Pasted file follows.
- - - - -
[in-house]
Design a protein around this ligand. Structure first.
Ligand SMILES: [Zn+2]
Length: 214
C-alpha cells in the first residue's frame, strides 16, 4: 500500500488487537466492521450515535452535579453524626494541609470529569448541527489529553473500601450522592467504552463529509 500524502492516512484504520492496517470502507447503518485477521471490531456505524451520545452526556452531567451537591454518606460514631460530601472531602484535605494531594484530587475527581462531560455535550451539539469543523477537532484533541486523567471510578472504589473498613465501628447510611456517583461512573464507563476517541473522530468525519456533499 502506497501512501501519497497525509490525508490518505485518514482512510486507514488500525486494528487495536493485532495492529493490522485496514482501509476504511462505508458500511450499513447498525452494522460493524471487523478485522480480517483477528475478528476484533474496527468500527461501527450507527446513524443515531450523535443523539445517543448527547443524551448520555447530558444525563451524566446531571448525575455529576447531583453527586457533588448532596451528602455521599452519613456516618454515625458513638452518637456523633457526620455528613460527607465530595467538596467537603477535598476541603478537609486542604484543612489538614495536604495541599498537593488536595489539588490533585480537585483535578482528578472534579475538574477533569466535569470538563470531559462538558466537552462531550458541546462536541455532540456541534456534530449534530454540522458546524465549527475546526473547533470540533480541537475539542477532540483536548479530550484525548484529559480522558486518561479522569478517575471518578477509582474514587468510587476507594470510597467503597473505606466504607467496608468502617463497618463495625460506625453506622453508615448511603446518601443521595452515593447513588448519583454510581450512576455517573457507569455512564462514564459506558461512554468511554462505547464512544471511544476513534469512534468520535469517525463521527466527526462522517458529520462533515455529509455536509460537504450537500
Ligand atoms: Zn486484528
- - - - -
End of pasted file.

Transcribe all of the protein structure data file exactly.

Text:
[in-house]
Design a protein around this ligand. Structure first.
Ligand SMILES: [Zn+2]
Length: 214
C-alpha cells in the first residue's frame, strides 16, 4: 500500500488487537466492521450515535452535579453524626494541609470529569448541527489529553473500601450522592467504552463529509 500524502492516512484504520492496517470502507447503518485477521471490531456505524451520545452526556452531567451537591454518606460514631460530601472531602484535605494531594484530587475527581462531560455535550451539539469543523477537532484533541486523567471510578472504589473498613465501628447510611456517583461512573464507563476517541473522530468525519456533499 502506497501512501501519497497525509490525508490518505485518514482512510486507514488500525486494528487495536493485532495492529493490522485496514482501509476504511462505508458500511450499513447498525452494522460493524471487523478485522480480517483477528475478528476484533474496527468500527461501527450507527446513524443515531450523535443523539445517543448527547443524551448520555447530558444525563451524566446531571448525575455529576447531583453527586457533588448532596451528602455521599452519613456516618454515625458513638452518637456523633457526620455528613460527607465530595467538596467537603477535598476541603478537609486542604484543612489538614495536604495541599498537593488536595489539588490533585480537585483535578482528578472534579475538574477533569466535569470538563470531559462538558466537552462531550458541546462536541455532540456541534456534530449534530454540522458546524465549527475546526473547533470540533480541537475539542477532540483536548479530550484525548484529559480522558486518561479522569478517575471518578477509582474514587468510587476507594470510597467503597473505606466504607467496608468502617463497618463495625460506625453506622453508615448511603446518601443521595452515593447513588448519583454510581450512576455517573457507569455512564462514564459506558461512554468511554462505547464512544471511544476513534469512534468520535469517525463521527466527526462522517458529520462533515455529509455536509460537504450537500
Ligand atoms: Zn486484528